Trick Yourself to Succeed

I have accomplished some very interesting and diverse goals over the years and many people see me as a courageous risk-taker. Actually, the opposite is true, because as a business strategist, I carefully plan every move. Whenever I need to take on an objective that is really challenging, I use a technique called the “success trap” to get started and stay on track. In a word or two, here are the top four success traps that have worked for my clients and me. For a full explanation and example of each, keep reading.

Top 4 Success Traps
  1. Give yourself 50 years
  2. Partner Up
  3. Immerse Yourself
  4. Offer a million dollars
50 years

I worked my way through college at night over a 9-year period and continued my education to complete an MBA, also at night, over the next 2 years. And as great as that sounds now, it was so daunting that I almost did not want to start. On my way to register for classes, I was listening to talk radio and a man called in who was on his way to his 50th High School reunion. It struck me profoundly that life is long and that no goal worth achieving can happen overnight. At that moment, I released any concern about how long it would take me to earn a degree and simply took it one day at a time. Taking only a few classes a semester, while I worked full-time, turned out to have added benefit. I was able to apply the lessons from each class to the projects I was assigned at my job. By the time I graduated, I was a well-respected leader in my organization. This all occurred well ahead of schedule since I had given myself to my 50th High School reunion to meet my educational goals. And, I still have time for a Ph.D.

Partner Up

At 38, I opened my own business after 15 years of working in Corporate America. It was a tough decision which satisfied my thirst for new and interesting challenges. Since I had never operated a small business I partnered with others to incorporate my business, set up bank accounts, lease space, obtain insurance and create a website. Luckily for me, I was surrounded by a supportive network of people eager to see me succeed. My husband had a real estate business and generously shared all of his knowledge, vendors, and office space to help me get started. Because of this assistance from my network I was able to quickly focus on the work I did best and enjoy the stimulation of coaching a customer base from diverse industries. More recently, I used my partnership with Xavier Creative House to create a new logo, icon, tagline, collateral, social media headers and a new website. I could not have done any of this alone. So the next time you tell yourself that something is impossible, just separate out the parts you can do and begin identifying resources around you to help you do the rest. You might be surprised at how much possibility exists within your network.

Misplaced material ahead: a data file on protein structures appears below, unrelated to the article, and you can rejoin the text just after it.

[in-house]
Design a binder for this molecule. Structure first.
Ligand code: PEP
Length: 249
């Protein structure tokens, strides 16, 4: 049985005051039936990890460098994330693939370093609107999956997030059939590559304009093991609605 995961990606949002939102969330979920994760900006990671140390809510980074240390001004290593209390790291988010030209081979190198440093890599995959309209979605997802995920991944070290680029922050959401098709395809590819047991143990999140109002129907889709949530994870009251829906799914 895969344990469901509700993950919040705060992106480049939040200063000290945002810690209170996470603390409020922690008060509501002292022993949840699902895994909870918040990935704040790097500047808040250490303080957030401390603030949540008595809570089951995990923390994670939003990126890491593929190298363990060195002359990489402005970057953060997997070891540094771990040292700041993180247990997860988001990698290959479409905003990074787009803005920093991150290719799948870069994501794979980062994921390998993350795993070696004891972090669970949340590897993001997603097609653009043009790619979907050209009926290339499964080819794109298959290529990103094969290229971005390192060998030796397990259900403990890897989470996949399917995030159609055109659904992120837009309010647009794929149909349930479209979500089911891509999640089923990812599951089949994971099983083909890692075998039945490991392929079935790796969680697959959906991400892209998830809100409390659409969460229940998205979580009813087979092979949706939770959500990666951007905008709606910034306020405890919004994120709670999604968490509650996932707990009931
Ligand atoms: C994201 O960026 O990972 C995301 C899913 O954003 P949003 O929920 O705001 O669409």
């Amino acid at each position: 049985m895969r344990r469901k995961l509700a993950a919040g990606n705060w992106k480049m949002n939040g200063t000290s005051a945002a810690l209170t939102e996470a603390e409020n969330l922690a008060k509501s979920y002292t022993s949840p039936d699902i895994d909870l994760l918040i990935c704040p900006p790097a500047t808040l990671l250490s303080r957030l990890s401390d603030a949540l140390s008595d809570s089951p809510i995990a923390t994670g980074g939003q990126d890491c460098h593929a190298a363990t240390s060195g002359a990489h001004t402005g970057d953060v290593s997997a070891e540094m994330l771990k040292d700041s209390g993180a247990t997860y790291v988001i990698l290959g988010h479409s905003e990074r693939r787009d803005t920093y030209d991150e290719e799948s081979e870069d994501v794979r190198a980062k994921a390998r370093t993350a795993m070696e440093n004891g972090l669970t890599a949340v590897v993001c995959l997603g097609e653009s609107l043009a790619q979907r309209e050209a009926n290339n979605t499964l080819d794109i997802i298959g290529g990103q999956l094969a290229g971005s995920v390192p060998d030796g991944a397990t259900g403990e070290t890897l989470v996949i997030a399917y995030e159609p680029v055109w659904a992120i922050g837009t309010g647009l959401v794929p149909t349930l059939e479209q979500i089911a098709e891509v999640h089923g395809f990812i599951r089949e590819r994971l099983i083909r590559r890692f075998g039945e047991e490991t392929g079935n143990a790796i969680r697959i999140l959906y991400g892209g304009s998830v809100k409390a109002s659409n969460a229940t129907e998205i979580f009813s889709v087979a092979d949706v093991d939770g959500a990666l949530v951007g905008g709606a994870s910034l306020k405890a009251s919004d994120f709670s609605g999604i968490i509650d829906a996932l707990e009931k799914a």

Immersion

I started teaching physical fitness at 43, became a snowboard instructor at 48 and ran my first 5K at 50. None of these goals was in my business plan but being active and vital is an important part of my life. I immersed myself in these endeavors just as much as my coaching and writing work. Knowing what motivates you is a good way to become successful in an area that is a stretch. The highest stimulation that exists for me in both business and personal life is helping others. I have completed formal behavioral assessments that prove this to be my key driver. Knowing this about myself enables me to create a success trap. I just need to identify how my effort will help someone important to me. Hence, the 5K. In all my years of athletics, I have never run. Recently, a favorite colleague was training for a 5K. We spoke about it often and joked about her using the “Couch to 5K” training program on her smart phone. Admiring her courage to take on this goal, I decided to keep her company on a few runs. I stuck with it and we signed up for the next 5K together. Knowing what inspires you is the key to setting up a “success trap”, essentially tricking yourself into doing something you wouldn’t normally do. If you are having a hard time figuring out what motivates you in the first place, try this trick.

Offer a Million

Sometimes a little humor helps to get us out of our own way. Whenever my son tells me he cannot do something I ask him, “What if I gave you a million dollars to do it…. could you figure it out?” I used this technique with a colleague who lost a job offer because of a late arrival for the interview. The candidate told the hiring manager that an accident halted traffic and the delay was unavoidable. In trying to explain how accepting accountability was the only way to react in this situation, I used the million-dollar success trap. I asked, “Would you have done anything differently to arrive on time if there was a bag with a million dollars waiting for you at the destination?” The reply was immediate and thorough. Here are the options that magically appeared.

  1. Take a train to avoid traffic
  2. Plan the arrival time two hours early to account for delays.
  3. Drive to the site the night before and stay with a friend.

Point made. We are always accountable if we accept responsibility for our life. Moreover, putting a task into a new perspective can help you come up with possibilities for achieving something that you previously thought was out of your scope of control. Therefore, whether it takes a million dollars to motivate you or you can come up with something intrinsic to powerfully call you to action and performance, keep the success trap as your new favorite strategy. I hope these tricks gets you started on that path and if you need help, consider my services.


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